Cardiff RFC 18-21 Toulouse
Toulouse snatch first cup in Cardiff's back yard
Tristan Barclay
January 7, 1996
Toulouse winger Emile Ntamack lifts the trophy following the first Heineken Cup final, Cardiff v Toulouse, Heineken Cup final, Cardiff Arms Park, January 7 1996.
Emile Ntamack lifts the inaugural Heineken Cup
© Getty Images
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Date: January 7, 1996
Venue: Cardiff Arms Park, Cardiff
Cardiff RFC 18-21 Toulouse
Half-time: 6-12
Tries: Toulouse: Castaignede, Cazalbou

Con: Toulouse: Deylaud
Pens: Cardiff: A Davies 6, Toulouse Deylaud 2
DG: Toulouse: Castaignede

Two extra-time penalties from fly-half Christophe Deylaud ensured the first Heineken Cup belonged to Toulouse, who defeated Cardiff on Welsh soil in front of 21,800 at the National Stadium.

Toulouse started at a breath-taking pace, scoring two tries and 12 points in the first ten minutes. The sniping accuracy of the Toulouse backline in those opening exchanges shook the 'home' side, who were forced to play catch-up throughout the nail-biting final.

It was a fresh-faced Thomas Castaignede who crossed first. Exploiting room created by an early line-out drive, Toulouse produced a wonderful passing move which almost put full-back Stephane Ougier over the line. He was held up - just - but the danger was far from over for Cardiff as Deylaud span the ball out to Castaignede, who dived low to score by the left touchline.

Castaignede also had a hand in Toulouse's second try. Working off a solid scrum, the French side threw a string of extravagant passes to set the centre galloping half the length of the pitch. Tackled five metres out, he offloaded to scrum-half Jerome Cazalbou, who went over to score in the same spot as the first.

Cardiff rallied after the setback of those early tries, turning the tables on Toulouse through a dominant pack. But despite having the upper hand up front for much of the second half, the Cardiff backs lacked any killer instinct and it was only thanks to the boot of fly-half Adrian Davies that they inched back into the contest.

 
Not even the magic of Jonathan Davies, brought on at half-time, could conjure a Cardiff try. The sorcerer's magic, dulled after almost eight years in rugby league, was missing some genuine pace
 

The appearance of another Davies after the half-time break did little to improve Cardiff's fortunes. As the Daily Express' Tony Bodley reported at the time: "Not even the magic of Jonathan Davies, brought on at half-time for Mark Ring, could conjure a Cardiff try. The sorcerer's magic, dulled after almost eight years in rugby league, [was] missing some genuine pace.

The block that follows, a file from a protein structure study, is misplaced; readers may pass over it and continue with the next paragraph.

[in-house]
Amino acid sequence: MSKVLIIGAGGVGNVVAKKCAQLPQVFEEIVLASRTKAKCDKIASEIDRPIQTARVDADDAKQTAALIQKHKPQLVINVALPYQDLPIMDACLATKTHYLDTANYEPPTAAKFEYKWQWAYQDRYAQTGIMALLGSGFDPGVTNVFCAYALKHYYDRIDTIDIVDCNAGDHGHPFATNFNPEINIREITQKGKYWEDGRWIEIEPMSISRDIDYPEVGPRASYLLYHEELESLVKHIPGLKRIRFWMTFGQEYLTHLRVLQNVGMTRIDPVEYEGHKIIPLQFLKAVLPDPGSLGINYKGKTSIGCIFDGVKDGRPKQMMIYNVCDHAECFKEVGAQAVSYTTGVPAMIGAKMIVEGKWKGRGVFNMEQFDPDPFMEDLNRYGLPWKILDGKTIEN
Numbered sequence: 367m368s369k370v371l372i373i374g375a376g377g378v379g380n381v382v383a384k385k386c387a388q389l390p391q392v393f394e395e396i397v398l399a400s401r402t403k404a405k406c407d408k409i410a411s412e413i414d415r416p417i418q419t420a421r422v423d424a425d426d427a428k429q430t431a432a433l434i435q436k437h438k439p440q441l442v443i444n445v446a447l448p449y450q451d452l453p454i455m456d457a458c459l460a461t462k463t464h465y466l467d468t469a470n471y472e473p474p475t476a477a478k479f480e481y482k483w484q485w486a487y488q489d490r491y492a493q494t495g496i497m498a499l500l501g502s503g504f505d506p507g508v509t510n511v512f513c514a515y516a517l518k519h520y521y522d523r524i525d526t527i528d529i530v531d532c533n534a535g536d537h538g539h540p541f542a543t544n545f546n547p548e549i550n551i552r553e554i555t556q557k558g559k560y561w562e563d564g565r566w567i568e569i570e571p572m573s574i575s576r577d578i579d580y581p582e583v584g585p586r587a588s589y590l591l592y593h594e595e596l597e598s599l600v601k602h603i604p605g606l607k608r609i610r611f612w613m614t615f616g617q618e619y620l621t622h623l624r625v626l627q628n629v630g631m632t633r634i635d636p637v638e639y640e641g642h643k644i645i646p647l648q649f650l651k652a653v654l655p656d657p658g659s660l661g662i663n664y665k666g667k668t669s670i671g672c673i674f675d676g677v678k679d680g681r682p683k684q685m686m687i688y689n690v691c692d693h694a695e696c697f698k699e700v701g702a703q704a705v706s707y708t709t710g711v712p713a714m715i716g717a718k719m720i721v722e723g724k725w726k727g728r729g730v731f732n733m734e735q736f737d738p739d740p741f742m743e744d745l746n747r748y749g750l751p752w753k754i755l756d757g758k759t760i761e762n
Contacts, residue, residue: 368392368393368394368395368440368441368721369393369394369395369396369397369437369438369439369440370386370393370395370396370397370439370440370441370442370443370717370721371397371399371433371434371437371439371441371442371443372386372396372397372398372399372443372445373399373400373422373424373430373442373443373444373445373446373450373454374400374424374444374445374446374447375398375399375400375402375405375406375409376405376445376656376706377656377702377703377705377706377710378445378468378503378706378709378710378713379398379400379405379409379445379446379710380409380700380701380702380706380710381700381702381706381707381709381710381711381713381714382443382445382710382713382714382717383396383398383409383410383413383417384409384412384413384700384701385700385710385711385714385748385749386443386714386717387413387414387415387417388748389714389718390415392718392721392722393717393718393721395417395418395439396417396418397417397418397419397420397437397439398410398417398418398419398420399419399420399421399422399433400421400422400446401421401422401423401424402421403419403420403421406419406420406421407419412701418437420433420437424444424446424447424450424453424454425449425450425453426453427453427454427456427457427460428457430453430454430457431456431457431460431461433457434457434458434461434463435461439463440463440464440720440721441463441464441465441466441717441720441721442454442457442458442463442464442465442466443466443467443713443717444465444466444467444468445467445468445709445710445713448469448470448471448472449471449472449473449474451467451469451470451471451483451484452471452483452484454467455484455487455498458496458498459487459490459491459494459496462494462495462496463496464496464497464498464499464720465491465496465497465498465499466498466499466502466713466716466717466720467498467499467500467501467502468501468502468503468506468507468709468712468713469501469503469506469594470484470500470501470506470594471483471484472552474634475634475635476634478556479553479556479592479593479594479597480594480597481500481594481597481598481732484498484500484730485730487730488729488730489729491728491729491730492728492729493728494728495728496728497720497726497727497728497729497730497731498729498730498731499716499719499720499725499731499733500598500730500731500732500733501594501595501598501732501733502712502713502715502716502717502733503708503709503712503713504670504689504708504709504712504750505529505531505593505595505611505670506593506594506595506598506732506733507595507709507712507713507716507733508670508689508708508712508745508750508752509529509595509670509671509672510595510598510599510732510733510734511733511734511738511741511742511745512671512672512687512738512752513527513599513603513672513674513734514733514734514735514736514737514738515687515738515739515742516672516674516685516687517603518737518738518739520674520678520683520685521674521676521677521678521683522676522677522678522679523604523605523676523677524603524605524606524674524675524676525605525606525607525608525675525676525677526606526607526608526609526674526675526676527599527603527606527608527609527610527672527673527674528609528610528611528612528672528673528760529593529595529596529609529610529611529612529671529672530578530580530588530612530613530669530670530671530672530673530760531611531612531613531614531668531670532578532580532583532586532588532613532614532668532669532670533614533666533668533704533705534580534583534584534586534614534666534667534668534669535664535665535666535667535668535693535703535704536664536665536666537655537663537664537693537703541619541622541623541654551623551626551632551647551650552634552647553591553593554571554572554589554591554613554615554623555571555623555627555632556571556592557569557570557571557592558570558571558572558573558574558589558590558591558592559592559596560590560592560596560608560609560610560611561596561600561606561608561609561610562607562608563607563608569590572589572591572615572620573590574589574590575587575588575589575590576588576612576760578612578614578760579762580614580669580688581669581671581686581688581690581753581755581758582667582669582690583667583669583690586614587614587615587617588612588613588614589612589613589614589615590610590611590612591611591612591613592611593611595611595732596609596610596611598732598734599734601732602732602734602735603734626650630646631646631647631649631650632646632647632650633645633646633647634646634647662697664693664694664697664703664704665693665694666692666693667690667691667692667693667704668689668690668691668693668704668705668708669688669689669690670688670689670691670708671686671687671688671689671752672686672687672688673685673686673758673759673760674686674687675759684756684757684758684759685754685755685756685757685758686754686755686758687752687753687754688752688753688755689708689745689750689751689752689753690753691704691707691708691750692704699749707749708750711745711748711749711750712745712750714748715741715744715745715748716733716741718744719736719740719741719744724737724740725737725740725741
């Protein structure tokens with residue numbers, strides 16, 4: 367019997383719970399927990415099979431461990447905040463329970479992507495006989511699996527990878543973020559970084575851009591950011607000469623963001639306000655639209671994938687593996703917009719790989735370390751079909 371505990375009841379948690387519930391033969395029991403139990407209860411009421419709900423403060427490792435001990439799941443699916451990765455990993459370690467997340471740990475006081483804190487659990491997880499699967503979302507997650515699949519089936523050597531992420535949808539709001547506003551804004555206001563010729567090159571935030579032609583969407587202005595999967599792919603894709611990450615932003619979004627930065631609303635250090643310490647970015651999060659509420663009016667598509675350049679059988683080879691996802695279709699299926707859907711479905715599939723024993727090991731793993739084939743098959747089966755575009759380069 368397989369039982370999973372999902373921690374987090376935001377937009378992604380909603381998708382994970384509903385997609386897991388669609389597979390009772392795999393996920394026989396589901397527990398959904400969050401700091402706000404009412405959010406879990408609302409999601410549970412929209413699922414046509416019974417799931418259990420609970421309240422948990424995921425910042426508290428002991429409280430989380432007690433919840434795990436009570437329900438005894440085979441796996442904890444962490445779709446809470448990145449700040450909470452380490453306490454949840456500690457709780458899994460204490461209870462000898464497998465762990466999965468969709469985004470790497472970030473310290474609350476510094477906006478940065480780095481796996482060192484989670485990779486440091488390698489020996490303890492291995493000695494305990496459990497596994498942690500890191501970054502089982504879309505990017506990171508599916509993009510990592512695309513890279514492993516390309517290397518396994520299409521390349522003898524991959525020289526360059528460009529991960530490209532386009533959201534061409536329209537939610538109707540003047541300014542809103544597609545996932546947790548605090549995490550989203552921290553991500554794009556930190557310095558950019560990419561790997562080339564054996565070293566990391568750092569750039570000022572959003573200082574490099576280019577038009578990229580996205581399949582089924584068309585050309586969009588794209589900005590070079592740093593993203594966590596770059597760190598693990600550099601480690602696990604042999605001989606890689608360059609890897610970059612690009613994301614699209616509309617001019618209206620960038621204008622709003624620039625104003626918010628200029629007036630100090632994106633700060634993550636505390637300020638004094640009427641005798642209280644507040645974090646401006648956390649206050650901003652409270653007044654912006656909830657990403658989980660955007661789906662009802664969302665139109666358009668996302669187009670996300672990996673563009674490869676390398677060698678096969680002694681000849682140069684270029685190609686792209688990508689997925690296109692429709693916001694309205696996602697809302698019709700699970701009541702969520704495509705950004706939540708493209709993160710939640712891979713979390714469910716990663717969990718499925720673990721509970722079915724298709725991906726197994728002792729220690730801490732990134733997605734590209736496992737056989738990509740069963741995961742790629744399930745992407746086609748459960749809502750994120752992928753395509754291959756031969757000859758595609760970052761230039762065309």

"He went for one outside break - his old trademark - two minutes from the end of normal time. It might have been a storybook finish but he was easily shepherded into touch."

But despite their lack of cutting edge, Cardiff were somehow able to draw level. They even had two chances to win late on when they forced two five yard scrums within two minutes, but the Toulouse defence held firm and Cardiff could count themselves lucky to force the match into extra time.

Both teams tired in the additional 30 minutes and it was left to the kickers to decide the cup's destiny. Cardiff came agonisingly close to glory through an [Adrian] Davies penalty, but it was to be Toulouse's day as Deylaud kicked two to finish what Castaignede had started nearly two hours earlier.

The first Heineken Cup was far from a truly pan-European competition. English and Scottish clubs were barred from entering by their respective unions, with the RFU threatening to set up its own competition. A £1 million payout from the sponsors eventually drew in the English clubs for 1996-7, but the precedent was set: money talks in European rugby.

Fast-forward to 2015 and money is again the centre of attention. After years of wrangling, we know the Heineken Cup morphed into the European Rugby Champions Cup (ERCC), which splits proceeds more equally between the teams involved.

Emile Ntamack, Toulouse captain in 1996, hailed the victory as a the most important in his career. He said: "This is my most important victory. It makes certain that the European Cup is here to stay and it will be even better next year when England and Scotland are involved."

Toulouse try-scorer Jerome Cazalbou hands-off against Cardiff's Derwyn Jones on a dank January afternoon in the inaugural Heineken Cup final © Getty Images
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